For a long time, the study of cannabinoid receptor signalling has been focused on the classical adenylyl cyclase/cyclic AMP/protein kinase A (PKA) pathway. However, this pathway does not totally explain the wide array of biological responses to cannabinoids. In addition, the diversity of receptors and signalling pathways that endocannabinoids modulate offers an interesting opportunity for the development of specific molecules to disturb selectively the endogenous system.

Moreover, emerging evidences suggest that cannabinoids ability to limit cell proliferation and to induce tumour-selective cell death may offer a novel strategy in cancer treatment.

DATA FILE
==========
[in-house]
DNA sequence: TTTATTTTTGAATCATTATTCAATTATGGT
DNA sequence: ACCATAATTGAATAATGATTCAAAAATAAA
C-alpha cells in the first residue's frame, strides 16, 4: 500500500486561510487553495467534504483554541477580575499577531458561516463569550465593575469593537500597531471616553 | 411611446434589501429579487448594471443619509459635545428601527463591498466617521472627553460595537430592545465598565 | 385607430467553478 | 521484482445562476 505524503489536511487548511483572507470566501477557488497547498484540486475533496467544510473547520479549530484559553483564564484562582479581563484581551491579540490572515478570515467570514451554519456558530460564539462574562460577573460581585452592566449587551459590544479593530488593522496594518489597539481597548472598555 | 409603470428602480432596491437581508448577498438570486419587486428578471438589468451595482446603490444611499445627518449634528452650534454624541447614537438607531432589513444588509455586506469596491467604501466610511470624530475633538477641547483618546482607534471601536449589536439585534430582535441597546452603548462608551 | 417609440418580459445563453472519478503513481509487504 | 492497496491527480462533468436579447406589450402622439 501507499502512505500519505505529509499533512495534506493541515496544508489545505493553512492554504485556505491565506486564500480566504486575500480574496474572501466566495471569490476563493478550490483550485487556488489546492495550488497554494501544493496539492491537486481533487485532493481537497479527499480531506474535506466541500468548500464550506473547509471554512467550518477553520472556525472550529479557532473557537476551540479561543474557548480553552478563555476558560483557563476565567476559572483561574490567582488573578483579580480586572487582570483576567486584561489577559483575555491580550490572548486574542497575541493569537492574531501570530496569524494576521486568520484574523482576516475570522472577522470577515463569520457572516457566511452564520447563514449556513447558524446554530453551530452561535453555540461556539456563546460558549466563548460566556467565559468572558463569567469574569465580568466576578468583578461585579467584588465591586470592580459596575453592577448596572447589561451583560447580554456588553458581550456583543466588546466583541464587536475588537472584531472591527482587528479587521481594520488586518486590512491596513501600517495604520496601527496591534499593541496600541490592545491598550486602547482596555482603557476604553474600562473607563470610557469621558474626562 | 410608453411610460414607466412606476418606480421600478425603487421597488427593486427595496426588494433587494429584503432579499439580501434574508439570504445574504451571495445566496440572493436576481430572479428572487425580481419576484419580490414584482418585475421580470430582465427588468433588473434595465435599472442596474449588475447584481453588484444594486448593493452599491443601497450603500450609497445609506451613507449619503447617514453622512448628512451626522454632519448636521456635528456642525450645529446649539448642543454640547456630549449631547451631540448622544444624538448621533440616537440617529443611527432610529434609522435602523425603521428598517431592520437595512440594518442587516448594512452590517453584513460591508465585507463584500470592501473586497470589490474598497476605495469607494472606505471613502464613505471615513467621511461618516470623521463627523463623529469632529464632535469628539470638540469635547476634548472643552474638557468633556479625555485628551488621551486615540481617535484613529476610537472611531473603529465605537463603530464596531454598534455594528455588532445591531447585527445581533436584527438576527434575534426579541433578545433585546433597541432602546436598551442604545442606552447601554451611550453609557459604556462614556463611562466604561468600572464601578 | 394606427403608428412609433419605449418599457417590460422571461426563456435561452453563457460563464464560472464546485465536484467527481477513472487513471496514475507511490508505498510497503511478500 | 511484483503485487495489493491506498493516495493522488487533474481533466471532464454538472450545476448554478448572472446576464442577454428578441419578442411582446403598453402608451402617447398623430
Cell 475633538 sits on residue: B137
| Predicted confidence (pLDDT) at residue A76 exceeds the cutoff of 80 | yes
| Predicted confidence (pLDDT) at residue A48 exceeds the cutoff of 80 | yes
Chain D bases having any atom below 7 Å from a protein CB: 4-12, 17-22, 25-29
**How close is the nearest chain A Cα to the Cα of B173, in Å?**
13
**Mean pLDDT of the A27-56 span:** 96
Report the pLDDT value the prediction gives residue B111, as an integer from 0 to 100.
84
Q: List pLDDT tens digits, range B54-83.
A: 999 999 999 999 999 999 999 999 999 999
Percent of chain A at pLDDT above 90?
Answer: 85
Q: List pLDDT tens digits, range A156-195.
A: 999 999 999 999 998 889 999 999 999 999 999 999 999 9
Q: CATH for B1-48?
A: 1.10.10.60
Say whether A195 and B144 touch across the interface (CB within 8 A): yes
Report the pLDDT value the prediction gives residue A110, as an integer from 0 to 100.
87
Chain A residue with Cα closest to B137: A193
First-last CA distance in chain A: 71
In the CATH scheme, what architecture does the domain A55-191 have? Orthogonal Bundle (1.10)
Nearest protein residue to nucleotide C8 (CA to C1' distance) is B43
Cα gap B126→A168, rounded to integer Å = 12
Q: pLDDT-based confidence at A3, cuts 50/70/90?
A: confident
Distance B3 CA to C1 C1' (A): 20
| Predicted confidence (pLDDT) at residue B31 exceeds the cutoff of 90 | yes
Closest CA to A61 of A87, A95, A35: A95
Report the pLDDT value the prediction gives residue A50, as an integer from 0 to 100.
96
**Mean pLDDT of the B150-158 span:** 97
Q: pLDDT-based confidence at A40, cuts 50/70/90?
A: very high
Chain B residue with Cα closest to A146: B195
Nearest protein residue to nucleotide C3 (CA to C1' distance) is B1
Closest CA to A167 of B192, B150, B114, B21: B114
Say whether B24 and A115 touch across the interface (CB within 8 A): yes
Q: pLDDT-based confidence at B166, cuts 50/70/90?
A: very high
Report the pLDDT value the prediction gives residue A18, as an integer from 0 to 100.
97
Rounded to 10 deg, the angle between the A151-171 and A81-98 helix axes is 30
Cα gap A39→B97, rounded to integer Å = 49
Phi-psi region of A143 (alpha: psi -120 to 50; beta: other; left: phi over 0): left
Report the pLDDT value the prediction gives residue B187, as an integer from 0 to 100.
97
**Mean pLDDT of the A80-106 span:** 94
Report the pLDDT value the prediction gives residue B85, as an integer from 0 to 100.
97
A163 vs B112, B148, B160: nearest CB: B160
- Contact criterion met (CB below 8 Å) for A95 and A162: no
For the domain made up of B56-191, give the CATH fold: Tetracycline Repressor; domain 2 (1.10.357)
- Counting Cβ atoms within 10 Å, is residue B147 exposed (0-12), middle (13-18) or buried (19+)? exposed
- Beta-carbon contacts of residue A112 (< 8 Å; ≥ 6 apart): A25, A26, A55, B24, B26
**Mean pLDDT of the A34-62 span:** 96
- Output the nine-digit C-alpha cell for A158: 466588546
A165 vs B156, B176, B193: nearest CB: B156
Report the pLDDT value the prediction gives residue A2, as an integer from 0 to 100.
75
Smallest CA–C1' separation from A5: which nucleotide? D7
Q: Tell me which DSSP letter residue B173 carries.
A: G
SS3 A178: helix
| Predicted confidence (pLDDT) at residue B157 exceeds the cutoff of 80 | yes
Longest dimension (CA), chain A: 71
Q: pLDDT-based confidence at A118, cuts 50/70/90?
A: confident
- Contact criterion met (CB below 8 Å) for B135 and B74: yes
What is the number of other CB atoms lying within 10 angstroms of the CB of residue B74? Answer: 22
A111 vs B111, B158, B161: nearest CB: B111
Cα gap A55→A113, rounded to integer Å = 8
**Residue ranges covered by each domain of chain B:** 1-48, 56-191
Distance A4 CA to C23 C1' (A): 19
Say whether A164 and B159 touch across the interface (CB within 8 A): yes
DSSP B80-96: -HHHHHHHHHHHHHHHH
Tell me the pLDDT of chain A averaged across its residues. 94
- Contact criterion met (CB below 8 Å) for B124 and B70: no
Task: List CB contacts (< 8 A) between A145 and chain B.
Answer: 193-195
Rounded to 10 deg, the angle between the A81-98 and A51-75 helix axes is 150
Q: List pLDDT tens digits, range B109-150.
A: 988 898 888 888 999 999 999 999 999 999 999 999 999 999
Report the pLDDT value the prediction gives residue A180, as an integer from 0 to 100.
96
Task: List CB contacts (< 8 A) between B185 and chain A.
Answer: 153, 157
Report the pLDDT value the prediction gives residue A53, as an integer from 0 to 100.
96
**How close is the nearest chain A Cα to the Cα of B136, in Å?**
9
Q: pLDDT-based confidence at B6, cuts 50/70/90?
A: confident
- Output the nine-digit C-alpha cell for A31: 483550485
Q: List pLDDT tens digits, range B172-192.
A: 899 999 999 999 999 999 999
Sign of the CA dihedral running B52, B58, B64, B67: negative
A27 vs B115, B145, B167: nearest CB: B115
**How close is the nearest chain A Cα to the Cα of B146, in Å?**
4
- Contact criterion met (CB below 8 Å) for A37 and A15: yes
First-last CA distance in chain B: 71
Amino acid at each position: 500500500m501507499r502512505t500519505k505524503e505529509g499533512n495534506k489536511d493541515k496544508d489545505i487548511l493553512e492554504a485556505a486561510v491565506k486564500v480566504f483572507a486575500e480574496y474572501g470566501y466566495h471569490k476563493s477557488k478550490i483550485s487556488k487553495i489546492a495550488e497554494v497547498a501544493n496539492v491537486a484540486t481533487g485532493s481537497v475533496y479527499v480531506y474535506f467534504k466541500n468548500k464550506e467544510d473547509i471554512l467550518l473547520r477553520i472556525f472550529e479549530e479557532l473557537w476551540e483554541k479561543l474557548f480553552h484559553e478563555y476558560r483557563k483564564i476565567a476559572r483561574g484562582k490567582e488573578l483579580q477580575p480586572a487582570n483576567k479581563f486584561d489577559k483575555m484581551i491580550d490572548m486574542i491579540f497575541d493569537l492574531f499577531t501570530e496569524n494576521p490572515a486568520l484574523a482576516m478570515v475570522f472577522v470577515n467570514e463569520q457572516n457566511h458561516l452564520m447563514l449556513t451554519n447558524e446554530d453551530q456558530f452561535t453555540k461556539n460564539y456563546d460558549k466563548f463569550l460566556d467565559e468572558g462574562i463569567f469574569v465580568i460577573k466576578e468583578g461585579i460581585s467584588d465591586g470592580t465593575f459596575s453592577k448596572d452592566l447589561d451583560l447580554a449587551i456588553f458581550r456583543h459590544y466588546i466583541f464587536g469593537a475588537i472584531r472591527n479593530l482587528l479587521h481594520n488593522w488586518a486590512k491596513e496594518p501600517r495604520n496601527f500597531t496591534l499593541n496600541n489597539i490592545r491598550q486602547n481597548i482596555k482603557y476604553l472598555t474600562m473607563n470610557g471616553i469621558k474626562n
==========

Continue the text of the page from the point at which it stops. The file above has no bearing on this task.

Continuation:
This review describes the main properties of cannabinoids in cell death and attempts to clarify the different pathways triggered by these compounds that may help to understand the complexity of respective molecular mechanisms and explore the potential clinical benefit of cannabinoids use in cancer therapies.”

https://www.ncbi.nlm.nih.gov/pubmed/28425013

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A Science Based Evaluation of Cannabis and Cancer